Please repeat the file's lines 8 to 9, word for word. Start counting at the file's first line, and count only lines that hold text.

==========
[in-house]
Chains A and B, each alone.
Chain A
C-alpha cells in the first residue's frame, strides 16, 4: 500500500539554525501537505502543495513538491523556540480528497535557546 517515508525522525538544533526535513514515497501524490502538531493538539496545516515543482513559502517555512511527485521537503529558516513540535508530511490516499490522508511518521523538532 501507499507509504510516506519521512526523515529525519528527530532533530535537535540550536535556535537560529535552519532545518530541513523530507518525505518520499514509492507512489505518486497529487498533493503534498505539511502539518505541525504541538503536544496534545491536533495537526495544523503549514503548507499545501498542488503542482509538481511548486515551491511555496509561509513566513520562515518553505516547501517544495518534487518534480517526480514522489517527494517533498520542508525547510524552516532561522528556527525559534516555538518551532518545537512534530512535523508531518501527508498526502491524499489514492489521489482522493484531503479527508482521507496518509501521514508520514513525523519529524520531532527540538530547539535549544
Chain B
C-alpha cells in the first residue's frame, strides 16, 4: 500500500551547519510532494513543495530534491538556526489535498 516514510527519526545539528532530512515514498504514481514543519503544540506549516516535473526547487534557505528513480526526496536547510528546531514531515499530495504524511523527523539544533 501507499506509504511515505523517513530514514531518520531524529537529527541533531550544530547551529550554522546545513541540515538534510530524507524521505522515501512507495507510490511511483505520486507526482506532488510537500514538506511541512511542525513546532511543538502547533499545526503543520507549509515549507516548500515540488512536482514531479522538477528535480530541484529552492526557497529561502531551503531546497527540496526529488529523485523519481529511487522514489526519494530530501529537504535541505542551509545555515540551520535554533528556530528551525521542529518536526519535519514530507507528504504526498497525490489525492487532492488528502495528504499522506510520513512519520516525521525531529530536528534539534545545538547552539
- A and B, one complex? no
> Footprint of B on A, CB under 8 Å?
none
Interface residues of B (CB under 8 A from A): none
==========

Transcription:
> Footprint of B on A, CB under 8 Å?
none